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Retrieving passwords

Discussion in 'General Discussion' started by imagic, Mar 7, 2003.

  1. imagic

    imagic Well-Known Member

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    Is there a way to retrieve a client's lost password through the whm or through ssh?

    Thanks,
    Lisa
     
  2. PWSowner

    PWSowner Well-Known Member

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    Not that I know of. Normally you would just change their password through WHM.
     
  3. gic

    gic Well-Known Member

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    No. there is no way because it could be a security risk. It encodes the password. Easiest thing is to change it via WHM and send a new one to them.
     
  4. SageBrian

    SageBrian Well-Known Member

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    From a security standpoint, no one, even admins, should know anyone's password. ever.

    An admin doesn't need it. They can reset it.

    Luckily, a lot of programmers are finally realizing this. But, there are still others that think it's ok to view passwords.

    Some bulletin board software allows admins to browse passwords. Something to keep in mind next time you register on a site. Make sure you use a different password at each site.

    Software like vBulletin, which is what cpanel is now using here, has passwords encrypted, and there is no way of knowing passwords. One of the reasons I love vbulletin. And, cPanel seems to have the same respect for passwords.

    If you need to know a users password, for whatever odd reason, ask them for it. If you don't want them to know, then why do you need to know it? :confused:
     
  5. tedderz

    tedderz Member

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    Actually some software you need to be able to login to the clients account to make changes, or updates, or test out problems they are experiencing. Asking for their password can take time that sometimes you don't have. That's the benefit of admins being able to see passwords.
     
  6. rbmatt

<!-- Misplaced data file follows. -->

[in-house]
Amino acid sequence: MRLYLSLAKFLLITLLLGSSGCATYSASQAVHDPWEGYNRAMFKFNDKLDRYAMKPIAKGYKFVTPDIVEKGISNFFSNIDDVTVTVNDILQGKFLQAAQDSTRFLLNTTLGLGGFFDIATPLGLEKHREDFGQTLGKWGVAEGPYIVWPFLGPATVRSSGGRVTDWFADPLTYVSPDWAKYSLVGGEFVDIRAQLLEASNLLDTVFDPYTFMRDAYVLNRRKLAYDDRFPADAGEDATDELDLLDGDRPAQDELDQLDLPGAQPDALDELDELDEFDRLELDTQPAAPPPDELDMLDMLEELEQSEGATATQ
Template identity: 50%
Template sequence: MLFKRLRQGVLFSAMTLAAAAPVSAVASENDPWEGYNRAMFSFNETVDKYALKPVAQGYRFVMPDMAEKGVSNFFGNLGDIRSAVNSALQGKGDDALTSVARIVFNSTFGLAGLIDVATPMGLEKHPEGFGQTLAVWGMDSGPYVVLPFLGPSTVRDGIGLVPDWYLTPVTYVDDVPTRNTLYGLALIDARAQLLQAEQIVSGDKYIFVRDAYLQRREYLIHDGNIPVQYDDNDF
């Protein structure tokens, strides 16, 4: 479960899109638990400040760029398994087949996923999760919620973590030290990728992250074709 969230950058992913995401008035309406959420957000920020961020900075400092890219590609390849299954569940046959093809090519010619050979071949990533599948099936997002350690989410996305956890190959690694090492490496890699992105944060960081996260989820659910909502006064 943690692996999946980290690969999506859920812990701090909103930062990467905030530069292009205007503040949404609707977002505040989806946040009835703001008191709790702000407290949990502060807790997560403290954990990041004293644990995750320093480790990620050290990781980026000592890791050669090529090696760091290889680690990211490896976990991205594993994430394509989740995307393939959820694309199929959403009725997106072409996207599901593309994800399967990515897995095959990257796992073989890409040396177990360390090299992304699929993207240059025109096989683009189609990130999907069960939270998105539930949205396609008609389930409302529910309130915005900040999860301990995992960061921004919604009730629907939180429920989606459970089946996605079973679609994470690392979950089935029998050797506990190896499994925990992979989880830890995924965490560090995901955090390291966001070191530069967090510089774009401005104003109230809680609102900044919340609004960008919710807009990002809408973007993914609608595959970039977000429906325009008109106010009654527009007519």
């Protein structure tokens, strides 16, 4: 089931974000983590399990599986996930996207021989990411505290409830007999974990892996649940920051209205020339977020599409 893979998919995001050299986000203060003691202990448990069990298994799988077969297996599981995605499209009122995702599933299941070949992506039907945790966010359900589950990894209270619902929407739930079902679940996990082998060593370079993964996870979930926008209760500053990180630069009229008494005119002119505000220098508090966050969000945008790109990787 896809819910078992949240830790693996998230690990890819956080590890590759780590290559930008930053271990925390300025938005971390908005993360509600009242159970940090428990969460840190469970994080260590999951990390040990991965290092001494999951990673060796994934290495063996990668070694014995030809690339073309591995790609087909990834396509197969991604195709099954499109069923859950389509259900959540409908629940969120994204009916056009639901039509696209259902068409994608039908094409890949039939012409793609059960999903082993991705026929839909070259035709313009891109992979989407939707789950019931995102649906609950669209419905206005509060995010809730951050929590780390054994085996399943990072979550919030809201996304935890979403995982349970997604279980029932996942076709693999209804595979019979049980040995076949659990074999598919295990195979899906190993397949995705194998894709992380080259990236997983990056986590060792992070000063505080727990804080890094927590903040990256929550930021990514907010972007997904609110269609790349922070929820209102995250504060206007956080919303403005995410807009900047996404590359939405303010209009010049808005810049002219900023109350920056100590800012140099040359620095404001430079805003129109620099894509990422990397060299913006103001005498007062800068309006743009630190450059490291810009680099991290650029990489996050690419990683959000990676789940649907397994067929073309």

rbmatt Well-Known Member

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    Some software like cpanel has "backdoors" for admins. In cpanel, you can login to anyone's panel with the root password or the reseller's password.
     
  7. xsenses

    xsenses Well-Known Member

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    Nice tip! I have roughly 10 of my own domains on my server and find it very hard to keep track of all the passwords. This makes is much easier.
     
  8. dianaward

    dianaward Well-Known Member

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    There are some limitations when using the root password.

    The one's I've run into so far is that I can't access their phpMyAdmin to check their databases when restoring or moving them, and I can't get into their webmail if they have trouble with it. But then of course, as has been said, you can change the password or ask them for it.
     
  9. imagic

    imagic Well-Known Member

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    rbmatt,

    :D Thank you, thank you, thank you!!! You're a lifesaver.

    As tedderz points out, there are times when we need to have access to a client's control panel.

    It doesn't make sense to me that in order to help a client you have to first ask them what their password is. Isn't all the emailing of passwords back and forth a bigger security risk than letting the admins of the hosting service itself have access to the passwords?

    And the idea that you can just reset the password is ludicrous. This resets the control panel password, the ftp password and the main email account password. If there's multiple people using these services, you would have to alert all of them that the password had changed and they would have to make changes in their client software (which from our experience is enough of a feat for them to accomplish when they first set up their hosting account, let alone have to keep re-doing it).

    Also, if as admins we can't be trusted with clients' passwords, then why do we have the root password to the server? Surely we can cause a lot more havoc at root than just in a client's control panel.